A History of the Remarkable Voyage Lately Undertaken On Board the Celebrated Leviathan.

Written by Sir John ——,[1] from his own journals.

The First Day: Our Departure, and My First Encounter with the Duke.

We set sail from the greenish[2] coasts of home on the last day of spring in the year ——, and I do truthfully believe the whole country had turned out to see our departure;—though whether in delight at the new thing we were attempting or in eagerness to be rid of us I cannot say.[3] There was certainly feasting and drunkenness enough on both sides of the affair, among those of us who went and those who stayed. I myself refused most of the wine[4] that flowed so prodigiously, so that I might retain enough of my senses to enjoy the sight of our mighty Leviathan[5] drifting away from the shore for the first time.

That nothing like our expedition has ever been attempted, and that nothing like it will ever be attempted again: of these two things I am equally sure.[6] For the common sense[7] of the scribblers and the talkers at court is that we failed. Yet of that I am not entirely certain. I suppose the memory of our ignominious return is fresher in most minds than the memory of our departure. But our departure was glorious. In all our thousands of years of history, no human eye[8] had ever beheld such a spectacle. We were doing a thing that our wisest heads had told us could never be done; and if we did not make it to the end of our journey, remember that it was the beginning that was said to be impossible.

When at last the gigantic signal flags unfurled and gave the command, and two thousand giant oars, worked in perfect unison by the most ingenious contrivance, began to beat the water with a mighty roar, the cheer that erupted from six thousand throats on our floating city was nearly deafening.[9] Yet it was not so loud that we could not hear the even greater cheer from the land. And when, after perhaps a quarter-hour of rowing, the great sails began to billow, we could still hear the cheering from the coast. Bank after bank of sails unfurled, all brilliantly colored according to their functions, so that the hardy[10] seamen charged with maintaining them could find their way in the forest of canvas.[11] There were red[12] sails, yellow sails, blue sails, and white sails, thousands of them, and as they caught the wind our Leviathan surged forward with a majestic deliberateness that well became her. The cheering on the coast continued, but from us there was only awed silence.[13]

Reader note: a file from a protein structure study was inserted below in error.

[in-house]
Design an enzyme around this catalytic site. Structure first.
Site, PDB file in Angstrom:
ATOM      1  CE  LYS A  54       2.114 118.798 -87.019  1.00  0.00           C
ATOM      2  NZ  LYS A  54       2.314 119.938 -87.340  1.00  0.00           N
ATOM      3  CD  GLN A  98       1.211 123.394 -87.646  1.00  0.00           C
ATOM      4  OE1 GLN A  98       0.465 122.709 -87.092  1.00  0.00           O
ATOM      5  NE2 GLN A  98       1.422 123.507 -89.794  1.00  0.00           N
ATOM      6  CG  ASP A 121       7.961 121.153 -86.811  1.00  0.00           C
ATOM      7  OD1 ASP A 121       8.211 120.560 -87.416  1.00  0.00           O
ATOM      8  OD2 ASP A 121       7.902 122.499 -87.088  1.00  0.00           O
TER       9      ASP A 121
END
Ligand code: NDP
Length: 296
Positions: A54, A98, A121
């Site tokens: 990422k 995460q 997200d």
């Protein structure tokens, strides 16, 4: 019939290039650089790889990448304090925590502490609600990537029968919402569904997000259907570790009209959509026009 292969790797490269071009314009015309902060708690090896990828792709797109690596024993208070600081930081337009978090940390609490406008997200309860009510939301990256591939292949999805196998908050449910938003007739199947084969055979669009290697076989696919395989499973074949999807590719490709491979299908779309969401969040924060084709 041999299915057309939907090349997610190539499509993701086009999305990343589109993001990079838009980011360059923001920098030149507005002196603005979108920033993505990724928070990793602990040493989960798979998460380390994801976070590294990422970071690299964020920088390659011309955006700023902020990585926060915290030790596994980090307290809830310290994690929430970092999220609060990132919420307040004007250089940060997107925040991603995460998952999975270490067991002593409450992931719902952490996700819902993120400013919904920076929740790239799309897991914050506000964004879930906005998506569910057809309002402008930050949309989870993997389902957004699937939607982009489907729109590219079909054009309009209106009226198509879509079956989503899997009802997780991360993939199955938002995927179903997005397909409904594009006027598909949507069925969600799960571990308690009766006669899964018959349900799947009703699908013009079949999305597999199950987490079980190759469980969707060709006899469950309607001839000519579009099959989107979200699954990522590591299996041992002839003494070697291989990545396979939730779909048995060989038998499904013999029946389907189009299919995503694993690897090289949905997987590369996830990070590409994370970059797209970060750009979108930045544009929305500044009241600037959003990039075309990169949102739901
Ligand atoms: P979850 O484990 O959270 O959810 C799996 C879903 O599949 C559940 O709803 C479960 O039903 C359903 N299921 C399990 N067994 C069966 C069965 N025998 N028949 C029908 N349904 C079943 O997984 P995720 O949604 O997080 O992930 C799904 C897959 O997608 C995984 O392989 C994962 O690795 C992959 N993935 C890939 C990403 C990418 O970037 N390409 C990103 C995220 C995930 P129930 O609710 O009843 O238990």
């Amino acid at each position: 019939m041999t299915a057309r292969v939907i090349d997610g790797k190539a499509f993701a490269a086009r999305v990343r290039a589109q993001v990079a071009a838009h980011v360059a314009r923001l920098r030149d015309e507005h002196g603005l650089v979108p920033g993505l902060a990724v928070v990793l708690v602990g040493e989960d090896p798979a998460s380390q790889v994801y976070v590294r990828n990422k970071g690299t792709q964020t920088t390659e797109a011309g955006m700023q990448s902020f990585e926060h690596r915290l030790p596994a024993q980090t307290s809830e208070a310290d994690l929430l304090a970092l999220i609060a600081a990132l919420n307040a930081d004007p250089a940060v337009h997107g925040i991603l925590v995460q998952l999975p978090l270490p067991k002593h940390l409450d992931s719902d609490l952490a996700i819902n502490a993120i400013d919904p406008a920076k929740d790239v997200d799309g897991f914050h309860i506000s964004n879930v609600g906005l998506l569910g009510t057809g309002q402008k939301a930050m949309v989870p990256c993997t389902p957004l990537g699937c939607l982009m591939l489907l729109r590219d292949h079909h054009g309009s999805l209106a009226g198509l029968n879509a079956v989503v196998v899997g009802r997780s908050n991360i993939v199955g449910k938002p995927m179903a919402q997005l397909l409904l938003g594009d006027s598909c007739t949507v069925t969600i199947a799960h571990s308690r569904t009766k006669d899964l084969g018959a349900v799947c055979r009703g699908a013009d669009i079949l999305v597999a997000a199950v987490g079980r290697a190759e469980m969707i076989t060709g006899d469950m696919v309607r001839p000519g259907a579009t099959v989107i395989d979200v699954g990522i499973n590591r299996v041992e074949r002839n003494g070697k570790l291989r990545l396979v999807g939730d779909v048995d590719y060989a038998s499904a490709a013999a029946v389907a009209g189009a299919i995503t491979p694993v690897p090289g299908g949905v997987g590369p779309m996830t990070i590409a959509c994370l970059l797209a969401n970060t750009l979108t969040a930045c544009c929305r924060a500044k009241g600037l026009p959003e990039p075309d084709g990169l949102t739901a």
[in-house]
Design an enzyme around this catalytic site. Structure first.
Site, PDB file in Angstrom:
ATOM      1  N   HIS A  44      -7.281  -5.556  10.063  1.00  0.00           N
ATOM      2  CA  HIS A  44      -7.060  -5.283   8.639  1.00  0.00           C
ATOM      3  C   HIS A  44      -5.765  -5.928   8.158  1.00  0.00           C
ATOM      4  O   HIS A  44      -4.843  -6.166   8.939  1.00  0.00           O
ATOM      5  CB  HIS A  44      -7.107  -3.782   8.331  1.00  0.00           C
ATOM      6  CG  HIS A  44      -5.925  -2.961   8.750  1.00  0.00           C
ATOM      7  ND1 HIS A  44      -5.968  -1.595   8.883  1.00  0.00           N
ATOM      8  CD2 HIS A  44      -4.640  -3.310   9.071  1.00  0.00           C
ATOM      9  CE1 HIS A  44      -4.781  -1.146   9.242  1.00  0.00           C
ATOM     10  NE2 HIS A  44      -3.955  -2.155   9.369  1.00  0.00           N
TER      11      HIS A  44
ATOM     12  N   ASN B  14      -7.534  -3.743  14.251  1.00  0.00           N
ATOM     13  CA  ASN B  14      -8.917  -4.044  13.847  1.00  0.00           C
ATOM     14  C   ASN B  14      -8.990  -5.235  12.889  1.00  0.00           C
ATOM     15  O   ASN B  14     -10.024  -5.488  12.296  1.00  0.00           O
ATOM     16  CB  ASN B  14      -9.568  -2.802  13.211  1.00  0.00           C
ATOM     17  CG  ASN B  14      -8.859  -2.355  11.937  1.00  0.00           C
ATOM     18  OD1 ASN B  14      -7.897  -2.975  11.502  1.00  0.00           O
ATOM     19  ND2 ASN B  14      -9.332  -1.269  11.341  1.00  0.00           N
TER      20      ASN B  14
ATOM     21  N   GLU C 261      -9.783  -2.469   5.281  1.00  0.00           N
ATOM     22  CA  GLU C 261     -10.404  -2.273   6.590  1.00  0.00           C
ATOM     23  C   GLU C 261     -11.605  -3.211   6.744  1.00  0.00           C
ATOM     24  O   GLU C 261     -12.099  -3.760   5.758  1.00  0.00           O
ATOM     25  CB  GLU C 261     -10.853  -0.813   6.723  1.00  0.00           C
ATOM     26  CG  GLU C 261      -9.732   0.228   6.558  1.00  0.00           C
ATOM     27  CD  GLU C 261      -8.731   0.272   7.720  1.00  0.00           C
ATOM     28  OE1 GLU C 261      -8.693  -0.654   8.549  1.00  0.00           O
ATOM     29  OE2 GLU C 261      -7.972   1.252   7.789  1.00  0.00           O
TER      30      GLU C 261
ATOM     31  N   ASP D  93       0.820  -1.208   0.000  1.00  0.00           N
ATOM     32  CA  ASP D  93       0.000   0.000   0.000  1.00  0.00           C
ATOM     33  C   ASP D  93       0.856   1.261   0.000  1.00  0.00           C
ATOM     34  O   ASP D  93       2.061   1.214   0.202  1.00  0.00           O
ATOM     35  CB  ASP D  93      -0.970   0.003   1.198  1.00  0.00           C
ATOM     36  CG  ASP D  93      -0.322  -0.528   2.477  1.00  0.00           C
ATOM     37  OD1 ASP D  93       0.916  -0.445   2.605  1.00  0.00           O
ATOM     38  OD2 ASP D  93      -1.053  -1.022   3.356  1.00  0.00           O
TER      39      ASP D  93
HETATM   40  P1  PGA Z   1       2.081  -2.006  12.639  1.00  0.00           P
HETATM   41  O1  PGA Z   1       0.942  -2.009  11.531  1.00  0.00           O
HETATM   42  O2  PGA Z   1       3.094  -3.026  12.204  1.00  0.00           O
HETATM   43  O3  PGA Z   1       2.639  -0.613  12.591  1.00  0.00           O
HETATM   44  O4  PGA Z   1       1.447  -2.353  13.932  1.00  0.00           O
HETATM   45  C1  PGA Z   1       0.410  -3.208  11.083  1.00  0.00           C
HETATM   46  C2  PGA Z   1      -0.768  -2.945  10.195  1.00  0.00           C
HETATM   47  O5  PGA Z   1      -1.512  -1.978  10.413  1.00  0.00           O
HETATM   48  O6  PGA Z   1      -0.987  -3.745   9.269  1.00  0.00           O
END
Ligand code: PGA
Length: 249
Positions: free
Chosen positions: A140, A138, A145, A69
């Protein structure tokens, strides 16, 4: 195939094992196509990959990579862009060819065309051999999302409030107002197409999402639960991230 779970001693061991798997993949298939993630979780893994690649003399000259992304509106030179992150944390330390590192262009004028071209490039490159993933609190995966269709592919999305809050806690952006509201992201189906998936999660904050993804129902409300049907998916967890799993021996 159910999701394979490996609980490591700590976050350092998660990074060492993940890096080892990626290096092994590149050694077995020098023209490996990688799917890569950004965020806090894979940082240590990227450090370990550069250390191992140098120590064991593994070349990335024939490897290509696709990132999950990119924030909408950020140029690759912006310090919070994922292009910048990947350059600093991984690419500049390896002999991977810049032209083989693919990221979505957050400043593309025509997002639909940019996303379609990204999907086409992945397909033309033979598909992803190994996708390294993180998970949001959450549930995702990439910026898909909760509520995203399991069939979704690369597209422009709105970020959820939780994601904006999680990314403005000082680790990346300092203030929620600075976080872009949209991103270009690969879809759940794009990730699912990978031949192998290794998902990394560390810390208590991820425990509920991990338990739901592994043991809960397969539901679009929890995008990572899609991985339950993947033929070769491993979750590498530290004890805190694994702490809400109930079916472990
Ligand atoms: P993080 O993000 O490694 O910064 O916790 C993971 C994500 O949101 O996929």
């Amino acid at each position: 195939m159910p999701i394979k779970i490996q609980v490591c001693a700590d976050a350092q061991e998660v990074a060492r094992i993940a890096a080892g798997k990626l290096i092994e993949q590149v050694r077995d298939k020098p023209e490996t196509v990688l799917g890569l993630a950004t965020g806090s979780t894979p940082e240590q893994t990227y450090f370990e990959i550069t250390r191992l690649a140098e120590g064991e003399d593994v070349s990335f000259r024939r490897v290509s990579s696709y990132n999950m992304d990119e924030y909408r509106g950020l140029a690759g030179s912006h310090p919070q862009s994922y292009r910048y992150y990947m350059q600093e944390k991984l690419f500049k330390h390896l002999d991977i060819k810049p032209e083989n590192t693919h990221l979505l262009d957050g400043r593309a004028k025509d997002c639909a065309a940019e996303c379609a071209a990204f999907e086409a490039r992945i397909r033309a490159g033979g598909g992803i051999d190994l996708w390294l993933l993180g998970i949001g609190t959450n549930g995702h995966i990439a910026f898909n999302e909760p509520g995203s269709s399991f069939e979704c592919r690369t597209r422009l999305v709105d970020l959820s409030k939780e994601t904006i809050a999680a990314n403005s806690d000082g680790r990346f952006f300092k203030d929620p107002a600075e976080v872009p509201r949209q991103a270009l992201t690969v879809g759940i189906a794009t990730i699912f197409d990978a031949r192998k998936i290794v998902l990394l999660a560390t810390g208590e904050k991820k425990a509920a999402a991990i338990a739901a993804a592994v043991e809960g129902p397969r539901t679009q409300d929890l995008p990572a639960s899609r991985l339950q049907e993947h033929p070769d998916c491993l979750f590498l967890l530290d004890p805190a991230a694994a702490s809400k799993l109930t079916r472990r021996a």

I must have stood silently admiring the spectacle for a good half hour. I might have stood longer, but[14] a carriage arrived with a summons for me to speak with the Duke. One does not refuse the Duke’s invitation, of course, so I immediately boarded the carriage.[15]

[1] The identity of the author, though hidden behind a modest dash, is of course too well known to need any explanation.

[2] E. G. Athelstan chides the author for lack of patriotism, insisting that the coasts of home are simply green and ought straightforwardly to be called green.

[3] It is to be regretted that scientific opinion polls, which might have shed some light on this question, had not yet become as common as they are today.

[4] The fermented juice of Vitis vinifera, the common cultivated grape. Sometimes said to have an intoxicating effect when consumed in quantity.

[5] The choice of a Biblical name for the vessel appears to have aroused some controversy. See, e.g., E. G. Athelstan, Who the H— Do They Think They Are?

[6] I. E. Godwin argues persuasively that this statement is in error, citing numerous accounts of other voyages made in ships of various sorts.

[7] Meant in the Vichian meaning, rather than in any other meaning that might have occurred to you.

[8] Athelstan asks several rather sneering questions about canine, avian, and reptilian eyes, the substance of which need not be repeated here.

[9] Godwin points out that there are no medical records from the voyage indicating an unusual number of auditory complaints, and accuses Sir John of exaggeration.

[10] Meaning that they survive the winter and continue to grow for multiple seasons, as opposed to annual seamen.

[11] Godwin objects that a “forest of canvas” is a botanical impossibility. Williburton emends it to “flourish of canvas.”

[12] Another account of the voyage gives the color of these sails as carmine; research so far has not been able to reconcile the discrepancy.

[13] Williburton emends this to odd silence. Parchefleur reads pawed silence, and believes the allusion is to the silent footsteps of a cat or other feline creature.

[14] Godwin cautions against taking this conjunction too literally.

[15] This very carriage is still preserved in the Museum of Preserved Carriages in Dumpcester.